Motorists urged to make plans for major M5 scheme

Evening view UK Motorway Services Roadworks Cones.

Highways England is urging motorists to start planning alternative routes as the next phase of a major multi-million pound repair scheme begins on the M5 in the West Midlands.

Concrete repairs and waterproofing work at the Oldbury viaduct, between junctions 1 and 2, get under way at the end of this month.

The scheme, valued at more than £100 million, finishes in autumn 2018, with some minor work continuing into spring 2019.

To keep the M5 open a contraflow system is being put in place. From the end of July all traffic will be diverted onto the northbound carriageway, with two lanes operating in each direction, along with a 30mph speed limit.

Slip roads will be kept open throughout, to ease effects on the local network, but drivers are advised to expect long delays.

Motorists travelling from across the country are urged to consider routes such as the M42 and M6 to keep congestion to a minimum on the M5 and surrounding roads while work takes place.

To help with this there will be changes at key junctions in the area, including at M6 junction 8 southbound and M5 junction 4a northbound. This is to increase capacity where the M5 joins the M6 and M42 and reduce the amount of traffic heading towards the roadworks.

These measures are essential to manage the volume and flow of traffic through this busy part of the network and reduce the potential impact on local roads.

Changes include:

  • From early July: At the link between the M6 and the M5 southbound, one lane will lead onto the M5, with three lanes continuing onto the M6, to encourage drivers to take the alternative route around Birmingham.
  • From mid-July: At M5 junction 4a northbound, the layout will be changed to provide 2 dedicated lanes to the M42 and 2 dedicated lanes to the M5. The link between the M42 and the M5 northbound will also be changed to one lane.
  • From mid/late July: The M5 northbound at junction 4a will be further changed to provide one lane to the M5 through the junction while still providing 2 lanes to the M42. The M5 will be reduced to two lanes in each direction at Oldbury / West Bromwich in preparation for the contraflow.
  • End of July / start of August: Installation of contraflow on Oldbury viaduct.

At those locations motorists will see a mixture of cones, lining on the road surface and barriers and there will be a 50mph speed limit on approach to the 30mph speed restriction between junctions 1 and 2.

For the first time upgraded travel information signs linked direct to the regional control centres that monitor traffic flows will provide real time travel advice.

These digital signs are being rolled out in the Midlands to coincide with work starting on the viaduct and can suggest multiple alternative routes with up to date travel times and distances.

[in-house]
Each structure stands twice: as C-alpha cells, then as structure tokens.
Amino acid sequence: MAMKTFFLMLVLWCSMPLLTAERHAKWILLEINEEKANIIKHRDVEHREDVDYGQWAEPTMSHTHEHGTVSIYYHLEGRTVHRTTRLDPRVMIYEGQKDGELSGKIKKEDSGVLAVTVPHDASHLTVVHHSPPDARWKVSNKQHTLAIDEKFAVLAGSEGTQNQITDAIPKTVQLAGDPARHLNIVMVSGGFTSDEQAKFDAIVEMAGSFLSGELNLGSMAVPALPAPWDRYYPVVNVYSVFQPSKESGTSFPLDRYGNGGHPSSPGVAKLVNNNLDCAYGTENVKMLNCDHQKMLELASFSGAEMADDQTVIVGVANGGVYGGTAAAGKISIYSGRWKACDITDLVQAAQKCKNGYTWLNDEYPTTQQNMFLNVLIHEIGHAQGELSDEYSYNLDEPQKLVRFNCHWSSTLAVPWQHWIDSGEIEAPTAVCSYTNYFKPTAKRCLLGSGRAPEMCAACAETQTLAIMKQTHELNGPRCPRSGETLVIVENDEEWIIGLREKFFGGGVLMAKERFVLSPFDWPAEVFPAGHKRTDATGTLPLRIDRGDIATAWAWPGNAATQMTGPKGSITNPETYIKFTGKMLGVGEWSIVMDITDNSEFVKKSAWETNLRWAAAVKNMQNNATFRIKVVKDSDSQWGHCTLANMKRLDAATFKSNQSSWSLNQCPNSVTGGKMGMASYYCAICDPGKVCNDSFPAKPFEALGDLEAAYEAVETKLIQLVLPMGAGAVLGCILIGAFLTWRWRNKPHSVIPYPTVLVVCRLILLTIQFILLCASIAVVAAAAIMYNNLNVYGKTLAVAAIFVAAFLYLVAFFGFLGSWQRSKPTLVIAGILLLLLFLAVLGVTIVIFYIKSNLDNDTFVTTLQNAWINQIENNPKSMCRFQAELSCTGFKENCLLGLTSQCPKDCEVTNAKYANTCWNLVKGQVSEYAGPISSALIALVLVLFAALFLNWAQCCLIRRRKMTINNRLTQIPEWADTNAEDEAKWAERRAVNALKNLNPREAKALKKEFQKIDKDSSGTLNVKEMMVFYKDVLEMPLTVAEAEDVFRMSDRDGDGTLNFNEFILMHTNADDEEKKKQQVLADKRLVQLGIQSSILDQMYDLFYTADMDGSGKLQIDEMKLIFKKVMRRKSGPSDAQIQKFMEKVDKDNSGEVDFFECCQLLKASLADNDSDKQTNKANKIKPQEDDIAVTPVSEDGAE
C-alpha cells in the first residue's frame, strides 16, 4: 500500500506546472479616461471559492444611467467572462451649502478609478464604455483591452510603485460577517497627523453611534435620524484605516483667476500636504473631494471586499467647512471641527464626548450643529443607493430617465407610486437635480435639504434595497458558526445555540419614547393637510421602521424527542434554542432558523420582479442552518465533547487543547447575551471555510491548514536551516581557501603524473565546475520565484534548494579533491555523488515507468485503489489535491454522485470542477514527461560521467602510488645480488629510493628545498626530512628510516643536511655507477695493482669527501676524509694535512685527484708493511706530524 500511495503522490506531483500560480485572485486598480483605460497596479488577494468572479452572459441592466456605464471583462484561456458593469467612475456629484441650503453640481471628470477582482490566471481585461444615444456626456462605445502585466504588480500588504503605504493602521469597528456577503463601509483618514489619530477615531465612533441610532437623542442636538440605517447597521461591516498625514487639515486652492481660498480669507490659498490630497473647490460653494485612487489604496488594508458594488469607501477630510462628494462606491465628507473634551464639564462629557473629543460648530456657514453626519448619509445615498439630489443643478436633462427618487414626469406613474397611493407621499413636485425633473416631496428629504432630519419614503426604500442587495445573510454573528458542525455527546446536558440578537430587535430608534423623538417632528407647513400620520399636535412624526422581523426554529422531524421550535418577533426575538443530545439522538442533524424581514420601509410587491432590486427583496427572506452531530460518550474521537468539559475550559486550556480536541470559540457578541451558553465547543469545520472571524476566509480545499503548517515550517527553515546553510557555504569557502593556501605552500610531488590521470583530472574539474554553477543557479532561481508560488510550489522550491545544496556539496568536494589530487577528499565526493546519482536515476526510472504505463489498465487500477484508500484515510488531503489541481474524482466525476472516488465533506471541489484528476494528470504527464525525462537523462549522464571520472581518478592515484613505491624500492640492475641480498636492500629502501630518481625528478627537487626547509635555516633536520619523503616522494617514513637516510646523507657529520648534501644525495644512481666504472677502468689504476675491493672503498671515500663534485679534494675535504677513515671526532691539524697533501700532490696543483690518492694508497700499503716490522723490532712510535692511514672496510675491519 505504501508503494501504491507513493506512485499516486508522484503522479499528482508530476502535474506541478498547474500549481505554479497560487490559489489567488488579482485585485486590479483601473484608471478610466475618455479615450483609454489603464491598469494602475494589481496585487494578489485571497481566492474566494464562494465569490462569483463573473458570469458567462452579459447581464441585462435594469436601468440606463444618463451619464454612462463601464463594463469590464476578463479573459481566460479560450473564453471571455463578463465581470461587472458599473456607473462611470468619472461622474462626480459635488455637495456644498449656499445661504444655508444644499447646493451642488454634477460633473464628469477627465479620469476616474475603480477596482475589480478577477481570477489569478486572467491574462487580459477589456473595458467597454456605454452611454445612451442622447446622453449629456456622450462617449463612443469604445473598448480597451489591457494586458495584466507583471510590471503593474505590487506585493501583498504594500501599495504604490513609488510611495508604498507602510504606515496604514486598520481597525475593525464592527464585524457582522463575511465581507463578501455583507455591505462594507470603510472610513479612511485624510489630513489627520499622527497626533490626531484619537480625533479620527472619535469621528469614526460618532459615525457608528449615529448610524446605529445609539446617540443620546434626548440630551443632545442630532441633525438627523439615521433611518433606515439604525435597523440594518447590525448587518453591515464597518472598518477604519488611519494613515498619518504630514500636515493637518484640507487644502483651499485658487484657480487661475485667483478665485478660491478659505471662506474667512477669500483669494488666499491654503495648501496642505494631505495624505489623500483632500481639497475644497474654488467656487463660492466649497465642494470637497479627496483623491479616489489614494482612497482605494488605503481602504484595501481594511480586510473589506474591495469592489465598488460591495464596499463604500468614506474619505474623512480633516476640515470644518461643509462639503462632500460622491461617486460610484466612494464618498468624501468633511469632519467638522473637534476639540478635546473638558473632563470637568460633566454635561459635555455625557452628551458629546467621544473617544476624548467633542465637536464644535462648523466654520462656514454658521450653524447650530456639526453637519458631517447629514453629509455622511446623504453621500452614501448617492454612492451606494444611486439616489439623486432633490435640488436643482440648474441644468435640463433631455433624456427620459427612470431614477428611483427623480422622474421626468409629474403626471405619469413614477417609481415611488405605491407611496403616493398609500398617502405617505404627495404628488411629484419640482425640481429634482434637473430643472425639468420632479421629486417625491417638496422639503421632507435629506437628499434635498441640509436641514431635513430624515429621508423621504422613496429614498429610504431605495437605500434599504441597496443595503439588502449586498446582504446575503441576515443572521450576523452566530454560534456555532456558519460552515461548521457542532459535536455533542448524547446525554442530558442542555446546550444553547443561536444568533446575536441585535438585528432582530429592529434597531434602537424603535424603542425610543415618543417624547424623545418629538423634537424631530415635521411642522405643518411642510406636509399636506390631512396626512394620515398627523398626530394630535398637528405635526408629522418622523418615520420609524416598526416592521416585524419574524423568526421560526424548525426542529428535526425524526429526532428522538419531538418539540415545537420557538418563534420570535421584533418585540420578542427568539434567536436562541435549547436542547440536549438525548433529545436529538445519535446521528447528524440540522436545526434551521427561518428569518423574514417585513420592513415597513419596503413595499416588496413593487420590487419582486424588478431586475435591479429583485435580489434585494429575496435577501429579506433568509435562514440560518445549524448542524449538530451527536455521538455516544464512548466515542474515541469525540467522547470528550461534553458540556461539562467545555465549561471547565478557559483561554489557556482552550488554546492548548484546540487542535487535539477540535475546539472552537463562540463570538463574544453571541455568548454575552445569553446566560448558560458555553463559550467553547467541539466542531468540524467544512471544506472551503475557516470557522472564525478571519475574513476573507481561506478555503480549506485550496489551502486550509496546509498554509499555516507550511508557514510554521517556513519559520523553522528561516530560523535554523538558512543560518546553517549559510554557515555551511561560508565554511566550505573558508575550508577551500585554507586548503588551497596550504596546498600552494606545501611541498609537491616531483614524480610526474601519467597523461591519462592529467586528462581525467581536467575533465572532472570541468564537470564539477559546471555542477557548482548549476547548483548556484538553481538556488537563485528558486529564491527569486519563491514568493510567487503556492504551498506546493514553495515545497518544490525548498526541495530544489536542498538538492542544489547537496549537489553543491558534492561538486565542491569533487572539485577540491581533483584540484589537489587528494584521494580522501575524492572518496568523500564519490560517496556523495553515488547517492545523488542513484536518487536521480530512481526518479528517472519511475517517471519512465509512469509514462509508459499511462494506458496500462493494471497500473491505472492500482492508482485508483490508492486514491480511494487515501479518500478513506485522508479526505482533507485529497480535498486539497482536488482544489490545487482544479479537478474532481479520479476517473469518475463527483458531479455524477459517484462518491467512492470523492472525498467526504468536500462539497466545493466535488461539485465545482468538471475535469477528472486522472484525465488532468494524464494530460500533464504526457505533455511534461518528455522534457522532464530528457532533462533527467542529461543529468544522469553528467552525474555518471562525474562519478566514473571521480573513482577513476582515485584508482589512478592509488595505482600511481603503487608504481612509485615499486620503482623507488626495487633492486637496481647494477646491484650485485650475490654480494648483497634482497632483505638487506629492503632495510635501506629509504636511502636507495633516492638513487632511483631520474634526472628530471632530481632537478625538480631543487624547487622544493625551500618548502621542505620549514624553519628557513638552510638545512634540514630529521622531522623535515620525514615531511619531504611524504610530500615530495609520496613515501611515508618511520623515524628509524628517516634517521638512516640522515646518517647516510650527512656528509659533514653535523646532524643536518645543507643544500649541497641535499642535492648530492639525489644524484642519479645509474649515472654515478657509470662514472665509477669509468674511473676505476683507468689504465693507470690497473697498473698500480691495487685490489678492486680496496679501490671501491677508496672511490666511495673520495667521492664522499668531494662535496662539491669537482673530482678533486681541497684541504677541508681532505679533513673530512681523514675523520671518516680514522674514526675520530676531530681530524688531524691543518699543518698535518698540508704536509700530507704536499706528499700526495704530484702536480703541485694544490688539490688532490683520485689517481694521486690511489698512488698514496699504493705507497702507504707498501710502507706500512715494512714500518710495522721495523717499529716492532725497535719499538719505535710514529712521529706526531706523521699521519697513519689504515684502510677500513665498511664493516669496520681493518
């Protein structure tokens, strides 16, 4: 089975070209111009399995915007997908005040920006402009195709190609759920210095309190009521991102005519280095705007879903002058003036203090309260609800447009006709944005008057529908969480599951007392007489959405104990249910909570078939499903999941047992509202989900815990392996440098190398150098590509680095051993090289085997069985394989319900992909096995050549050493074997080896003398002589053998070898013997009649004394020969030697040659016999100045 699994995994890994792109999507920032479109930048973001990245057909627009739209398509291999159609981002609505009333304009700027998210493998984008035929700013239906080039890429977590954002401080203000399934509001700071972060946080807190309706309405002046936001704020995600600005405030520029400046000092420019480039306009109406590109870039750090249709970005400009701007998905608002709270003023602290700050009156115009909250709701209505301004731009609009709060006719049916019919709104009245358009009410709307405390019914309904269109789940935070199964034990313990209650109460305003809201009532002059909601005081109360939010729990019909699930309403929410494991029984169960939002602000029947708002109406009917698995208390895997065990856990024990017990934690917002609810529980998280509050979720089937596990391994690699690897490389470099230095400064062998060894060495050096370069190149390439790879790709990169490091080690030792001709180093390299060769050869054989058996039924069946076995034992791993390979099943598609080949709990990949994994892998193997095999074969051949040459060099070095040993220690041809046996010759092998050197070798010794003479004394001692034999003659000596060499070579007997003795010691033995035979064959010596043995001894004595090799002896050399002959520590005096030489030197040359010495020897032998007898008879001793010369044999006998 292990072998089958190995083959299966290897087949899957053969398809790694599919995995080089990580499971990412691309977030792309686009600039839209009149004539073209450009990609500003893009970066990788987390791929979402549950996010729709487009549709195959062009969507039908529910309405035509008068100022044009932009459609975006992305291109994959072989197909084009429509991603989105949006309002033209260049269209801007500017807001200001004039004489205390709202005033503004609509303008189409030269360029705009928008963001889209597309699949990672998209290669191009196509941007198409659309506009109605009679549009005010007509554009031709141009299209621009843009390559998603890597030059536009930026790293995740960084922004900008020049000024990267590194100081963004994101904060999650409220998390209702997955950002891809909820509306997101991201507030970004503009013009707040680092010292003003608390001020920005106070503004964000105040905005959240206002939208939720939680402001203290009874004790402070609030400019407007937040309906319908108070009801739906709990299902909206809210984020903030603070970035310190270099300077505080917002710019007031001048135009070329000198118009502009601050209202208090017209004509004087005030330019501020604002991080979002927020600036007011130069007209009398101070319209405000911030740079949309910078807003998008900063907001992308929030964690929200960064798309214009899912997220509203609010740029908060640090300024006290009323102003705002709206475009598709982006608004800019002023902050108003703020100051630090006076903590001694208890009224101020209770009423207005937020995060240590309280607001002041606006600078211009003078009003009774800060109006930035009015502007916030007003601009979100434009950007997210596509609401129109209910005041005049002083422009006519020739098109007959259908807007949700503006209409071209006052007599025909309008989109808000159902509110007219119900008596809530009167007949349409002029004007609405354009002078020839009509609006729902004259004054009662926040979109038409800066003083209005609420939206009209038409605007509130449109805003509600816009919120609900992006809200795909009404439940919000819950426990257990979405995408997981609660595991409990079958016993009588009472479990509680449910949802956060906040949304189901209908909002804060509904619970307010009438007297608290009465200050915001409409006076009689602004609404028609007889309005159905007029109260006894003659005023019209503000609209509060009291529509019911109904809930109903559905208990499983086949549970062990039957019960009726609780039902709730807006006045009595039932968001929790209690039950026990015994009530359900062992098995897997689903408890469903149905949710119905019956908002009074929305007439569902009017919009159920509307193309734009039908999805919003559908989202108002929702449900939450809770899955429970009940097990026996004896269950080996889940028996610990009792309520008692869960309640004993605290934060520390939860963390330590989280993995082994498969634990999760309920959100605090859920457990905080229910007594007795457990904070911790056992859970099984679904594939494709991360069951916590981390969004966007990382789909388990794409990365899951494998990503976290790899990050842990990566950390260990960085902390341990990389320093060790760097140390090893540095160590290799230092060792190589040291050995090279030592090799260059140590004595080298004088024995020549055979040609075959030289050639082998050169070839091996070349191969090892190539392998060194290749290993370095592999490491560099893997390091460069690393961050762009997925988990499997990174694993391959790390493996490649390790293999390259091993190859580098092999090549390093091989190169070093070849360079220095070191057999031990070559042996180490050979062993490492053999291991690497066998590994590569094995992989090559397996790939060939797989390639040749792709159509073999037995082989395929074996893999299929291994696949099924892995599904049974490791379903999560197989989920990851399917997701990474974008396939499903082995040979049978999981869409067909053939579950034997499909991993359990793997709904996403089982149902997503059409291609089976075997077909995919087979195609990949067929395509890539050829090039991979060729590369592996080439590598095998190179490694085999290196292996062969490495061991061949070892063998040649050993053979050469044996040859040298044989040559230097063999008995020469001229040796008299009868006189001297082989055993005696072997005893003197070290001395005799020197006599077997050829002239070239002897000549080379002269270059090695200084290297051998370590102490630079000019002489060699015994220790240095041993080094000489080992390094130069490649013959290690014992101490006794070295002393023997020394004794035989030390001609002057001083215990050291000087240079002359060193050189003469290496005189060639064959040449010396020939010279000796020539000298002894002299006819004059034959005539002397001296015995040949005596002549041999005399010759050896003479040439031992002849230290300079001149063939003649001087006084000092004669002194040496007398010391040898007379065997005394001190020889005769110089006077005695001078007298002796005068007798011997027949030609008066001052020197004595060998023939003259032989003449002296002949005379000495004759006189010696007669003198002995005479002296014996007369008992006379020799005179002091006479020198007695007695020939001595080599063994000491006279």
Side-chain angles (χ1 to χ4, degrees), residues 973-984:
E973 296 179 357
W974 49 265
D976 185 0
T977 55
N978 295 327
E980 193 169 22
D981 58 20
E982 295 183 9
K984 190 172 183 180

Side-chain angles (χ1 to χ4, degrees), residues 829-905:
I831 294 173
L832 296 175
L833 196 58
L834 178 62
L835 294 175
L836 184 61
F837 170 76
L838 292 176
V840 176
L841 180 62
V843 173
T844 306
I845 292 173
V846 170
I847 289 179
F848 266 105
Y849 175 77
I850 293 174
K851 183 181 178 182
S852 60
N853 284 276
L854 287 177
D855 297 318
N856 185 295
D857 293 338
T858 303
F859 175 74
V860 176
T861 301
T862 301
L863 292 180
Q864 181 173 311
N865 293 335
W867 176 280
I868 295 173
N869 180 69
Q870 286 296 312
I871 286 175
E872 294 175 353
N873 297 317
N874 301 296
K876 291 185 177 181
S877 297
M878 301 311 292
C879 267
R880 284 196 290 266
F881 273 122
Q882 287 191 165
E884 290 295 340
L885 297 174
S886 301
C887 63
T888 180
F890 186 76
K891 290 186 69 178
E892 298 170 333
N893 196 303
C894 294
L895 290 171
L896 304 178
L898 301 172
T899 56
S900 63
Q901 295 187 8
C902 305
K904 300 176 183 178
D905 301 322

Highways England project manager Alastair Warnes, said:

“We’re doing everything possible to plan and manage the roadworks in order to keep traffic moving, minimise disruption and maximise safety.

“That includes using the latest technology to help motorists adapt their journeys, using real time travel information to reduce delays as much as possible.”

A network of early warning strategic travel advice signs will be deployed many miles from the junctions to allow drivers to choose alternative routes at earlier steps in their journeys.

Some of the suggested alternative routes for motorists include:

  • Southbound M6 traffic north of junction 16 (A500) heading South East use A50 / M1
  • Southbound M1 traffic north of junction 23A (A42/M42) heading South West use M69 and A46
  • Northbound M1 traffic south of junction 19 (M6) heading North West use M1 / A50
  • Westbound A14 traffic east of M1 heading North West use M1 / A50
  • Clockwise M25 traffic south of junction 16 (M40) heading North West use M1 / A50
  • Northbound M5 south of junction 8 (M50) heading for North Wales use M50 / A49
  • Northbound M5 south of junction 9 (A46) for North East use A46

Highways England has liaised with local authorities to minimise clashes with other works. It is also keeping the haulage, freight and distribution industries informed of the essential work to allow their lorry drivers to plan ahead and seek alternative routes.

Motorists are urged to plan journeys in advance, allow extra time and consider alternative modes of transport, car sharing or working from home where possible.

The viaduct structure itself is safe but, as it was built in the late sixties, the work needs to be carried out to protect it for the future.

Large stretches of both the M5 and M6 in the Midlands are elevated and repair work is essential to protect the structure, with a £4.7 million concrete repair scheme at the iconic Spaghetti Junction on the M6 also taking place this summer.

The work is part of a major government investment to build a modern and resilient road network. By maintaining this key corridor Highways England is delivering a huge investment that will support economic growth locally and in the wider West Midlands.

For more information about the work at Oldbury viaduct visit www.highways.gov.uk/oldburyviaduct

For more information about the work at Spaghetti Junction visit http://roads.highways.gov.uk/regions/west-midlands

Highways England provides live traffic information via its website, local and national radio travel bulletins, electronic road signs and mobile apps. Local Twitter services are also available at @HighwaysWMIDS

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